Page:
Thiamine (Vitamin B1)

Thiamine is a water-soluble member of the Vitamin-B Complex,[1] and was one of the first organic compounds to be recognized as a vitamin.[2] It has a key role in the metabolism of energy in all cells.

Thiamin pyrophosphate (TPP) is a required coenzyme for a small number of very important enzymes. The thiamine–dependent enzyme transketolase is an important enzyme in the breakdown of glucose through a biochemical pathway called the pentose phosphate pathway.[3]

One of the most important intermediates of this pathway is in the synthesis of high-energy ATP. It is also required for the synthesis of the nucleic acids, DNA and RNA, and the niacin-containing coenzyme NADPH, which is essential for a number of biosynthetic reactions.[1,4]

ATP is often called the "molecular unit of currency" of intracellular energy transfer.[5] ATP transports chemical energy within cells for metabolism. ATP is the main energy source for the majority of cellular functions. This includes the synthesis of macromolecules, including DNA and RNA, and proteins. ATP is continuously recycled in organisms: the human body turns over its own body weight in ATP each day.[6]

The European Food Safety authority was asked to deliver an opinion on the scientific substantiation of a health claim related to thiamine and carbohydrate and energy-yielding metabolism. The Panel summarized, “vitamin B1 plays an important role in the carbohydrate and energy metabolism of food”.[7]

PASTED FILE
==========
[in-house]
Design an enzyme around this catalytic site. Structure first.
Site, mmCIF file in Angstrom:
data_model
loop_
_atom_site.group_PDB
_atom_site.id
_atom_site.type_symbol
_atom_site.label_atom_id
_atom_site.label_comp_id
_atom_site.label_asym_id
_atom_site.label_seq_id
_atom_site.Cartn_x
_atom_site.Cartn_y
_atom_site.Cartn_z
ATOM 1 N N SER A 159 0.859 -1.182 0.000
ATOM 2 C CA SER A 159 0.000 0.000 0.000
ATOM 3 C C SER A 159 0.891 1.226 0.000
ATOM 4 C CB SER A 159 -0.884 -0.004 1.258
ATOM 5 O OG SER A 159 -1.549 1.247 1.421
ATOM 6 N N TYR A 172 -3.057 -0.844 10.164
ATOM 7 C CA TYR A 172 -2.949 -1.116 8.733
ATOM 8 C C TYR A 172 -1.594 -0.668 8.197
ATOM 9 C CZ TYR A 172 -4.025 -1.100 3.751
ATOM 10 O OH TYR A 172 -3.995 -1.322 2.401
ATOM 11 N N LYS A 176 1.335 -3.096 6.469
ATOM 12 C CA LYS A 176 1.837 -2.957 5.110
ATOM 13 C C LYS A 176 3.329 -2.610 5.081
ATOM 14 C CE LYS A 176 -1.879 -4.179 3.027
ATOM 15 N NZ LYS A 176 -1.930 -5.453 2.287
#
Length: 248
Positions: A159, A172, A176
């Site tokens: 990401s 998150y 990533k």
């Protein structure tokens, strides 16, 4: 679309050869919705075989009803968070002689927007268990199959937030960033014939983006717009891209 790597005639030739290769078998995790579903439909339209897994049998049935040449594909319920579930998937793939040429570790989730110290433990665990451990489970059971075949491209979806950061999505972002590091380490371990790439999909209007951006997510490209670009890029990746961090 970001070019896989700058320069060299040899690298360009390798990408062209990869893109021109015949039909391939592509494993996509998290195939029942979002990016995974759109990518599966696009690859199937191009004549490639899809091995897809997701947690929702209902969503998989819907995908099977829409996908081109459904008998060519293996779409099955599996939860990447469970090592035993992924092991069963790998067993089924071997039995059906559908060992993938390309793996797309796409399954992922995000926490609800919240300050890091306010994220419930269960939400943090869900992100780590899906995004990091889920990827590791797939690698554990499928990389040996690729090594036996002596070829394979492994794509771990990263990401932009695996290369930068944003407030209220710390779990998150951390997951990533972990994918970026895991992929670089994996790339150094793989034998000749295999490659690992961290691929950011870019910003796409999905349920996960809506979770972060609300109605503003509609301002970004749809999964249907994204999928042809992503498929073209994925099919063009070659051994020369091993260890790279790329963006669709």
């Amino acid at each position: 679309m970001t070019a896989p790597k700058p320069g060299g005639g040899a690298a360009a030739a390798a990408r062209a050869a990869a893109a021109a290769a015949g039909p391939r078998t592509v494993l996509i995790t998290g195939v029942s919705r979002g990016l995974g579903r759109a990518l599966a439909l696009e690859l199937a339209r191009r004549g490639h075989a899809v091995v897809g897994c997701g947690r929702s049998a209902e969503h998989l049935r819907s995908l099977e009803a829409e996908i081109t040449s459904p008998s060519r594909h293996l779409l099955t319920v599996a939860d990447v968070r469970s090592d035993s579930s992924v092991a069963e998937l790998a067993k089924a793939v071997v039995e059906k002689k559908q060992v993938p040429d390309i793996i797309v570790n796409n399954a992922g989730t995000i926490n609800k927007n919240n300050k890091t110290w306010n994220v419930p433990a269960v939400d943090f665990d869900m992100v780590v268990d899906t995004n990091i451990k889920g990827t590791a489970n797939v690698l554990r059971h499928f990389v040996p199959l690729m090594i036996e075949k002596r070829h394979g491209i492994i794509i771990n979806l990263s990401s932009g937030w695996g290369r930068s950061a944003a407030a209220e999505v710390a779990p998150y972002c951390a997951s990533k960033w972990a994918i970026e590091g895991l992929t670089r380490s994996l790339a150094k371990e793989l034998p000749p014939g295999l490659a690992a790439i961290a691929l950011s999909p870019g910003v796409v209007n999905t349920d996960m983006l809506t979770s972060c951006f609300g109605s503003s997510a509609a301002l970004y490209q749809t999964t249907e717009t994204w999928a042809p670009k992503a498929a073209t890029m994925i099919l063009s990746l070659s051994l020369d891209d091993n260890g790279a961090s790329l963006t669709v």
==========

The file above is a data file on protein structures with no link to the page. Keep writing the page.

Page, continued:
Each serving of Elebra contains Thiamine, and is manufactured in the USA at a cGMP facility that has an "A" rating (the highest possible) from the National Nutritional Foods Association. We stand behind our product and offer a 100% Money Back Guarantee.

References
1. Tanphaichitr V. Thiamin. In: Shils M, Olson JA, Shike M, Ross AC, eds. Modern Nutrition in Health and Disease.
    9th ed. Baltimore: Williams & Wilkins; 1999:381-389.
2. Rindi G. Thiamin. In: Ziegler EE, Filer LJ, eds. Present Knowledge in Nutrition. 7th ed. Washington D.C.: ILSI
    Press; 1996:160-166.
3. Martin, PR, Singleton, CK, Hiller-Sturmhofel, S (2003). "The role of thiamine deficiency in alcoholic brain
    disease". Alcohol Research and Health 27 (2): 134–142.
4. Brody T. Nutritional Biochemistry. 2nd ed. San Diego: Academic Press; 1999.
5. Knowles JR (1980). "Enzyme-catalyzed phosphoryl transfer reactions". Annu. Rev. Biochem. 49: 877–919.
6. Törnroth-Horsefield S, Neutze R (December 2008). "Opening and closing the metabolite gate". Proc. Natl.
    Acad. Sci. U.S.A. 105 (50): 19565–6.
7. Scientific Opinion on the substantiation of a health claim related to thiamine and carbohydrate and energy-
    yielding metabolism pursuant to Article 14 of Regulation (EC) No 1924/2006. EFSA Journal 2010; 8(7):1690.